In fact, the Colts seem so sure that they will sign Bradshaw that they gave his visit the "featured" designation, complete with the official Colts Twitter account announcing his visit, which included a picture of Bradshaw in the building. The Colts did this exact same thing with free agent visitors Ricky Jean-Francois, Darrius Heyward-Bey, and LaRon Landry.
Notice the trend?
Every person the Colts highlighted on their website and on Twitter has gone on to sign with the team.
While it seems as if the negotiations between Bradshaw and the Colts have stalled, chalk that up to the typical modus operandi for contract talks. If Bradshaw is still in Indy - and recent reports suggest he is - then the likelihood of him signing with the Colts is high. Even if he leaves, that doesn't mean things are "dead." Heyward-Bey left Indy after a free agent visit in April and was later wooed by Detroit. Eventually, he came back to Indy and signed.
Should Bradshaw place his John Hancock on a Colts contract soon, it would prove a major shake-up in the Colts backfield.
That Ryan Grigson is even attempting to ink Bradshaw should tell you he is concerned about running back depth and productivity. For all the grief we gave Grigson for stupidly trading and for keeping to BaltimoreSamson Satele's contract for 2013, it's fairly obvious that the second-year G.M. is not the kind of guy who sits back and just accepts key weaknesses at critical position areas. The man does a very good job self-evaluating his team.
So, knowing that, how does Bradshaw potentially signing change things in Indy's running back stable?
Well, for starters, it tells the guys who are there right now that the front office doesn't have complete confidence in them. The only guy who can probably feel he's safe is Vick Ballard. Maybe Kerwynn Williams, but only because he's a rookie who was drafted to return kicks. Everyone else is on notice, in particular Donald Brown.
Signing Bradshaw means that Brown is effectively worthless on the roster. In theory, he should never see playing time, as Ballard and Bradshaw would split carries while a short-yardage back would handle... well, the short yardage situations!
Oh, and please don't comment that Brown can run in short yardage. Just don't. If you can't tell by now that the former UConn bust is only a one-cut-and-go back (and an erratic one at that) after four seasons in the NFL, then you're blind.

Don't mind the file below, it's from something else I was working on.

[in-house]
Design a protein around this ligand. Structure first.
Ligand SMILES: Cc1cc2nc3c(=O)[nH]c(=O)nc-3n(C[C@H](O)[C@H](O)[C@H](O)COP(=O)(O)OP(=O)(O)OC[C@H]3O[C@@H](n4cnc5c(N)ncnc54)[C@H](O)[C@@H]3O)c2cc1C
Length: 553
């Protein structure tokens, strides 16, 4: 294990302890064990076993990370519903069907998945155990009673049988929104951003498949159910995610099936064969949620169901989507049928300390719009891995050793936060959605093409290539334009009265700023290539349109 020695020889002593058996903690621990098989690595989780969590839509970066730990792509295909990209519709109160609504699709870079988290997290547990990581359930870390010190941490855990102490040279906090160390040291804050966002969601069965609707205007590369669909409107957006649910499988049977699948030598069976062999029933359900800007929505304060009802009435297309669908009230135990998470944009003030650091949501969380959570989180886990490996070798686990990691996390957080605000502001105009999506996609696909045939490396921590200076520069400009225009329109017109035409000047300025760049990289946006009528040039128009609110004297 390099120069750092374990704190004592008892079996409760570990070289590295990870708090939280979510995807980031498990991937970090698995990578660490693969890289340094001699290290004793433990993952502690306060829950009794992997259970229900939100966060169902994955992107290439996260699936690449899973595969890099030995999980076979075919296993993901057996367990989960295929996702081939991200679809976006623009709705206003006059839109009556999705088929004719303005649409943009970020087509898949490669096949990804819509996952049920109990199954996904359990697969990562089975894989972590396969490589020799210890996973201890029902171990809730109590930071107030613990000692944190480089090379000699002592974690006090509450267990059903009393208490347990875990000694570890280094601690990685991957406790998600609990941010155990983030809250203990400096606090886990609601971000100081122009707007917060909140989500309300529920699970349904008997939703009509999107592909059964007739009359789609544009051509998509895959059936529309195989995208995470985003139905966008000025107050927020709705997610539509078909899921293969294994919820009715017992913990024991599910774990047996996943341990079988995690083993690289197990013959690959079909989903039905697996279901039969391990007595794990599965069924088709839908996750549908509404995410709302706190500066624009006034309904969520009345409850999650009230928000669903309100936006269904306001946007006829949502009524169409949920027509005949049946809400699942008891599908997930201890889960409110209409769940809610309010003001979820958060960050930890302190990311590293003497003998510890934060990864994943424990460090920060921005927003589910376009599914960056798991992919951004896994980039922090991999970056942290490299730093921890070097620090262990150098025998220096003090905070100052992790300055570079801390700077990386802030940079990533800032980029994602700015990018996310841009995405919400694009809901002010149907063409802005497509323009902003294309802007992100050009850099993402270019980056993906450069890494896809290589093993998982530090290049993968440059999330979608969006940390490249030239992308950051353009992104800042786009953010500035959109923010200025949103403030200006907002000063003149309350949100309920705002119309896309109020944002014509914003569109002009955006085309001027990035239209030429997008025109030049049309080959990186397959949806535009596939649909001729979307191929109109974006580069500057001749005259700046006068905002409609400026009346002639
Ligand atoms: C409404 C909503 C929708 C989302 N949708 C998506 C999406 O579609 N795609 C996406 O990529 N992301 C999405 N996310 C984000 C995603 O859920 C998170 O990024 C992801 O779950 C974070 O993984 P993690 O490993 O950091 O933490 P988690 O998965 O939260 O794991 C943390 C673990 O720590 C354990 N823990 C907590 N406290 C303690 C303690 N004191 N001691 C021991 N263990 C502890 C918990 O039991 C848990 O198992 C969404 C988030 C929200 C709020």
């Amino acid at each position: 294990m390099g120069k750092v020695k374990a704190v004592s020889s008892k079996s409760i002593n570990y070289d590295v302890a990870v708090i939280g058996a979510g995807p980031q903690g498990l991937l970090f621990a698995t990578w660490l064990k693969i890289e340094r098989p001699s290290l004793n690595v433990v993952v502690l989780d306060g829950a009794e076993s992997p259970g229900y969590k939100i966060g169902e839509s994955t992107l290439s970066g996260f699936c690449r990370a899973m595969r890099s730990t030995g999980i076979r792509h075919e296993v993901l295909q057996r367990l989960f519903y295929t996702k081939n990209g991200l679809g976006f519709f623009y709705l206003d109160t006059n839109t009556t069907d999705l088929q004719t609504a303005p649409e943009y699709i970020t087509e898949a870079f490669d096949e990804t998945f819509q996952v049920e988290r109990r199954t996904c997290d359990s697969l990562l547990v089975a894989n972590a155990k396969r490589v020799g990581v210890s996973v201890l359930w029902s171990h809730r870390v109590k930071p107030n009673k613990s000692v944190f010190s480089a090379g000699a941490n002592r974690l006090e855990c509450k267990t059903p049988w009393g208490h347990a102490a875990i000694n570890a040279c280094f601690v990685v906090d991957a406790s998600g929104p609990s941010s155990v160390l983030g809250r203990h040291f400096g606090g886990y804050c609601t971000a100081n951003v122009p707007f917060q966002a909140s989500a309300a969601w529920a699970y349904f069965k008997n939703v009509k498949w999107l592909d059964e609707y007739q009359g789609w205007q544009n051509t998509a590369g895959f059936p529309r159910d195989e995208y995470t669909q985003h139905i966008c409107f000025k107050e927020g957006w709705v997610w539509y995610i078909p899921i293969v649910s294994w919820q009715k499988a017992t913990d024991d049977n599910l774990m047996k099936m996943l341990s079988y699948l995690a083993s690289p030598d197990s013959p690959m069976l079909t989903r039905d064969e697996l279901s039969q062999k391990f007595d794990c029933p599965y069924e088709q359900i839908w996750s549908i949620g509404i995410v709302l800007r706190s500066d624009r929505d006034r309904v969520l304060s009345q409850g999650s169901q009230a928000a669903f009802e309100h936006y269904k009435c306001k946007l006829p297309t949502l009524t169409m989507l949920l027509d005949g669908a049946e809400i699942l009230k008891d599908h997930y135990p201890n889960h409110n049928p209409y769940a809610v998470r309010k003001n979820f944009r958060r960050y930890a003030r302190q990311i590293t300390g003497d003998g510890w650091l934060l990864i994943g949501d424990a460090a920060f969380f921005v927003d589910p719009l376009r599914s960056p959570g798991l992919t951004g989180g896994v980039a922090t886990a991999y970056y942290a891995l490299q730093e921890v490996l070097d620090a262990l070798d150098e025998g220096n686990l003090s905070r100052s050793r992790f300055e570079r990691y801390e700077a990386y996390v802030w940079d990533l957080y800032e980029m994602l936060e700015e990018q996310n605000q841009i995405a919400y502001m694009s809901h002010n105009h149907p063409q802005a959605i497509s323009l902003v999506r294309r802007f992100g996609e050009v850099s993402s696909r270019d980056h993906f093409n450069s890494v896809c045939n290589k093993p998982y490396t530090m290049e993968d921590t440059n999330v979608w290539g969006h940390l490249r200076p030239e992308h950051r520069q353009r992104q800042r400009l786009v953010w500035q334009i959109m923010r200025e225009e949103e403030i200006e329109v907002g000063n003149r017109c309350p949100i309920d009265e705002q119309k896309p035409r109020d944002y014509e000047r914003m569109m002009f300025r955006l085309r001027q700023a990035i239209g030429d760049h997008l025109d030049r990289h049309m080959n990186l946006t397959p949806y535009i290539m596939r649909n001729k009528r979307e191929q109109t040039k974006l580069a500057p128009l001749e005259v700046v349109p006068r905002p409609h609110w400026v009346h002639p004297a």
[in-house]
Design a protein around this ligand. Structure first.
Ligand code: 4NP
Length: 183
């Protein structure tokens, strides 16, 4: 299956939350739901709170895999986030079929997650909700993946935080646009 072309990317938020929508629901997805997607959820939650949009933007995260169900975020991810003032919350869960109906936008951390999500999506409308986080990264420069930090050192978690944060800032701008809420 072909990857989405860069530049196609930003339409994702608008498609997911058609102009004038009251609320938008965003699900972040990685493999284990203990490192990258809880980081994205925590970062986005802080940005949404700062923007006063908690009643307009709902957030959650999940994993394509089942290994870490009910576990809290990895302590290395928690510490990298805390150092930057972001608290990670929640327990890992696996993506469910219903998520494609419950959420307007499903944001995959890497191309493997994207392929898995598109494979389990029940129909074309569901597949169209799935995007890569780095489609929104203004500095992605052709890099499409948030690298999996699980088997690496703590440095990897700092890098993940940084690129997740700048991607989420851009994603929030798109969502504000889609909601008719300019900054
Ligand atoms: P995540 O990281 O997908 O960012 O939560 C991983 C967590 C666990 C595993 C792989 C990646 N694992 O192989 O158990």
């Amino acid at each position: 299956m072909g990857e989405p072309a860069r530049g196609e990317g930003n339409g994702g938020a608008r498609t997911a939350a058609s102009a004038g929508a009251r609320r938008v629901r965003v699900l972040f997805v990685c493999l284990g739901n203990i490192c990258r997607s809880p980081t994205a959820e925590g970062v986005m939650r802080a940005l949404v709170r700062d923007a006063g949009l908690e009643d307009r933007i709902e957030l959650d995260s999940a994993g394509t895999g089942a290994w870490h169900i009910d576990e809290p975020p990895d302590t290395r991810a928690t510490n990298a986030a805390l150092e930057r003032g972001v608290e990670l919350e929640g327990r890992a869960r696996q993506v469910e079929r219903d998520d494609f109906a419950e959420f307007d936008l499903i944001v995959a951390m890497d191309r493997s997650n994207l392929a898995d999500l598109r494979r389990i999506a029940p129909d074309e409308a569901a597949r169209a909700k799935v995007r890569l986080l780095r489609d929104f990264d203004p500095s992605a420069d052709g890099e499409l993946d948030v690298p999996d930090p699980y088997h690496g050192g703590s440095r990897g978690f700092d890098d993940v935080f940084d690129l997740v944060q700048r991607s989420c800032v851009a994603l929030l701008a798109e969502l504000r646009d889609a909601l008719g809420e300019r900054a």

Maybe, MAYBE the team keeps Brown because they like his leadership, or some such nonsense. From my vantage, if Bradshaw is wearing The Shoe, Brown is cut. He literally provides no benefit to the active roster, unless they plan on having him return kicks or run as a gunner on special teams. Both are unlikely.
Short yardage back Delone Carter is in the same boat as Brown. Yes, he provides more worth to the active roster, as he proved last season he can work effectively as a back in those situations. However, as Tom James of the Terre Haute Tribune-Star recently noted:
When talking to Colts running backs coach a couple of weeks ago, he was high on Ballard and Brown. Didn't have much to say about Carter.— Tom James (@TribStarTJames) June 6, 2013
Also, factor in that the Colts plan to have a fullback on the roster in 2013. Like, for real this time! The team traded for former Eagles fullback Stanley Havili, who made a bit of a name for himself while playing for Pete Carroll at USC.
Here's Sigmund Bloom talking about Havili's talents:
@StampedeBlue good power and surprisingly productive runner, natural receiver, and good enough blocker, but not a traditional lead blocker— Sigmund Bloom (@SigmundBloom) June 7, 2013
I've watched Havili's tape, and I agree with Sigmund. He's actually a surprisingly good runner. And big at 6'0, 245 pounds! Rookie free agent Dan Moore, a FB out of Montana, has also looked good during OTAs. Bottom line: A short yardage back like Carter might not make any sense anymore, not if the team intend to keep Havili or Moore.
What's likely to happen is the team will sign Bradshaw, retain Brown, and dump Carter. The three-back rotation would consist of Bradshaw-Ballard-Brown, with Havili or Moore functioning as the specialists. Kerwynn Williams stays because he'll play special teams. Personally, I'd dump Brown and keep Carter, but I think the organization simply likes Brown better for reasons that mystify.
Signing Bradshaw would also put the finishing touch on an off-season that has truly looked impressive for Grigson and his front office. Whether or not it translates into more wins is debatable, but one cannot fault the Colts for a lack of trying. This organization is no longer content simply to "build from within." They are in complete "WIN NOW" mode, and for good reason.
Ahmad Bradshaw would cement #Colts as new AFC South favorites in my mind. Already thought they were grabbing driver's seat in that division.— Evan Silva (@evansilva) June 6, 2013
Yep. What Evan said.